FDA Workshop on “Emerging Infectious Diseases: Evaluation to Implementation for Transfusion and Transplantation Safety”. Day 1: “Evaluating Emerging Infectious Diseases (EIDs) for Transfusion Safety” May 11, 2010 Paul A. Mied, Ph.D. Update for the Blood Products Advisory Committee
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Day 1: “Evaluating Emerging Infectious Diseases (EIDs) for Transfusion Safety”
May 11, 2010
Paul A. Mied, Ph.D.
Update for the Blood Products Advisory Committee
July 26, 2010
To explore strategies for EID threat detection, intervention, and the prioritization of effort
1. How do we and should we characterize the risk to blood safety from an EID?
2.What are the criteria to prioritize EIDs that pose a threat to blood safety?
3.How should regulators, blood organizations, manufacturers, and other stakeholders develop a response to the threat from EIDs?
whose incidence in humans has increased within the past 20 years or whose incidence threatens to increase in the near future.
- human demographics, behavior, and sanitation
- closer human contact with wildlife and its habitat
- failure of control measures
- international travel and commerce
- microbial adaptation and change
- human susceptibility to infection
- climate and weather
needs to be disseminated in a timely fashion
- “to unite human and veterinary medicine
- to anticipate potential threats to blood safety
- to be vigilant for early detection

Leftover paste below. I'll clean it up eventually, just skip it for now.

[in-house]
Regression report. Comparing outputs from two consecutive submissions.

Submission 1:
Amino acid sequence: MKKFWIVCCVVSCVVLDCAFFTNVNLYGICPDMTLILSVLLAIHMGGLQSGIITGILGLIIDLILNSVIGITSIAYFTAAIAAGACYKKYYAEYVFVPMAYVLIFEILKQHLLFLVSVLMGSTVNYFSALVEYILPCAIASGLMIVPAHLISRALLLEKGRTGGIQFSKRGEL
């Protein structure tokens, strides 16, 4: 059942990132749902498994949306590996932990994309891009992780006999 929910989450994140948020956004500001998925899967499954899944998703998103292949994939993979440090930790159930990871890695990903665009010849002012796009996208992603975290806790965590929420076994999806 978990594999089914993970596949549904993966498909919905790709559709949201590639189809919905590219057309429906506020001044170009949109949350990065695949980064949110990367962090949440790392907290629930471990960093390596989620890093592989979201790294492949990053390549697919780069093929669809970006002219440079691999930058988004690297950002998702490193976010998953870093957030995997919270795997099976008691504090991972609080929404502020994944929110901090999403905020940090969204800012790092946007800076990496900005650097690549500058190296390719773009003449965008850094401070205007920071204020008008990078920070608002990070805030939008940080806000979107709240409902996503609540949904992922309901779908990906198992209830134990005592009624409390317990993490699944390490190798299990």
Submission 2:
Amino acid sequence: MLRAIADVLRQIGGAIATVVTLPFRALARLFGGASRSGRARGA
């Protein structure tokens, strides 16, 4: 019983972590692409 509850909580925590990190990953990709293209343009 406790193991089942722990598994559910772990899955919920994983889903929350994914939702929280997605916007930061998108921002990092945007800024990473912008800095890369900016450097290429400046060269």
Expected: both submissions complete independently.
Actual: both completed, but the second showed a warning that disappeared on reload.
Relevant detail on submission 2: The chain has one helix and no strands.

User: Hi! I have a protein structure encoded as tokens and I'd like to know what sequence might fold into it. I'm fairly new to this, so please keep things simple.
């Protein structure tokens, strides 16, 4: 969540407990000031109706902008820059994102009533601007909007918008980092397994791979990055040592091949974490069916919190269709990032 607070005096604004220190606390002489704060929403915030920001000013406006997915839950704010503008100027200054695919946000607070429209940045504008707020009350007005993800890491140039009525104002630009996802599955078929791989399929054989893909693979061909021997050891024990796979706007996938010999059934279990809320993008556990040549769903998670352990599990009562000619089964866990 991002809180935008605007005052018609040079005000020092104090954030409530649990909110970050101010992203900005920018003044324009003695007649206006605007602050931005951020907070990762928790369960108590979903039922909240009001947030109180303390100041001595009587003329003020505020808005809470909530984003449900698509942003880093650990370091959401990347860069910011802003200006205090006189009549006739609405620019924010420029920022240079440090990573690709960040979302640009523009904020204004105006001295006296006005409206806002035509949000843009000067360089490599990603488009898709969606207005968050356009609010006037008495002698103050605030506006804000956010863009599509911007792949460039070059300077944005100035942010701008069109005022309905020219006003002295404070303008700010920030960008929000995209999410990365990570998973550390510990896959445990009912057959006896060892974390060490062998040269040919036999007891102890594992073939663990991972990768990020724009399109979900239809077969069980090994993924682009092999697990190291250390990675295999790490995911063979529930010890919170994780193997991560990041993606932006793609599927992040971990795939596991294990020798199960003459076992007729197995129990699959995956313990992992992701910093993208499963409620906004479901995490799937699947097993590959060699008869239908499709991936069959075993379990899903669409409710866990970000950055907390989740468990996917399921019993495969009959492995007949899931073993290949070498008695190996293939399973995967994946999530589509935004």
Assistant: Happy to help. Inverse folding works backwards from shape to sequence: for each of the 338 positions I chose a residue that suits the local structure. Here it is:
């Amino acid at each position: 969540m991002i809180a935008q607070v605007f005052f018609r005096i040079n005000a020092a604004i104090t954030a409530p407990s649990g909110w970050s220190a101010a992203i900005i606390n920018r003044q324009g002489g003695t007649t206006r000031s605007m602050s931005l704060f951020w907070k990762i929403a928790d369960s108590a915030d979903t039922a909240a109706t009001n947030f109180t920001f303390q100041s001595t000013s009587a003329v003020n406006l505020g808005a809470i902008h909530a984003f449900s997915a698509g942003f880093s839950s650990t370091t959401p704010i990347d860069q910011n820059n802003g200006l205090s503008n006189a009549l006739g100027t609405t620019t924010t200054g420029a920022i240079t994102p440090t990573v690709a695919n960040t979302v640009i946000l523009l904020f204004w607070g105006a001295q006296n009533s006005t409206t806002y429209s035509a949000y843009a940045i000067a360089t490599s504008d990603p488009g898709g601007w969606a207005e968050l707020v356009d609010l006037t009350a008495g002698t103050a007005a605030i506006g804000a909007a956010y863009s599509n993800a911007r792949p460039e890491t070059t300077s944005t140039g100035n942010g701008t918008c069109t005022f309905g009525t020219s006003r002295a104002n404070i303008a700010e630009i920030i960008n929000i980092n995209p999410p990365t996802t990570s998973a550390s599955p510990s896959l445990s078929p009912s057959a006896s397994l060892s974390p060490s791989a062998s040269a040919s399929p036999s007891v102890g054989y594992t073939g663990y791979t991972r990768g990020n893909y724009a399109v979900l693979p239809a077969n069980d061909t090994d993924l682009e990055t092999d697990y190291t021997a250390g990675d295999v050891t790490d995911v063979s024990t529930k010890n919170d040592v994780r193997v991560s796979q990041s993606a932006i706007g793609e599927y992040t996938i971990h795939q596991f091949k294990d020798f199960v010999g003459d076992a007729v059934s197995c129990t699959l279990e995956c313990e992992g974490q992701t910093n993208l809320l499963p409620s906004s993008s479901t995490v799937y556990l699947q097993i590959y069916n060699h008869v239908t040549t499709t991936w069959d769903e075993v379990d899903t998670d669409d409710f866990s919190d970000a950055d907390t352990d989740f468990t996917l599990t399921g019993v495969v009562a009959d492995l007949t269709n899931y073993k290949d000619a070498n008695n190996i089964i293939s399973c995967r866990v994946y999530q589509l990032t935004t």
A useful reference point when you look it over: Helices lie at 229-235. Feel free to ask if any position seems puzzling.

Improve predictive capability, coordination and communication through strong national and international partnerships”
- evaluation of transfusion-transmission of known agents
- may be very useful for that purpose for new and future EID agents
1. To describe known and potential EID agents for which transfusion transmission is documented or its potential exists, and no effective intervention exists;
2. To create fact sheets for the agents;
3. To prioritize agents as to their blood safety threat.
SFV: No TTD XMRV: No TTD?”
- expanding geographically
- regional testing is conceivable
- no transfusion transmission observed
- no known causative relationship to disease
- donor prevalence is unknown
- test methods have not been standardized
- literature is controversial: inconsistent findings for viral markers
“ Action should be taken even if its value cannot be proven; that is, even if there is only a theoretical risk of harm.
If risk is possible, then we must err on the side of caution.”
high Infectious Diseases
Influenza virus subtype H5N1
Science/EpidemiologyEID Agent Priority Matrix
Stramer et. al. 2009 Transfusion 49: Suppl.
1. Issue Identification: identify a possible risk to blood safety;
3. Risk Management: identify and analyze options, select and implement strategy, monitor results; surveillance
Question: “What is the appropriate vehicle or process to put this forum into action?”
Orthogonal process approach was suggested – combines NAT and PRT to cover the Window Period. Could Testing + Inactivation or Removal = Reduced Deferrals?”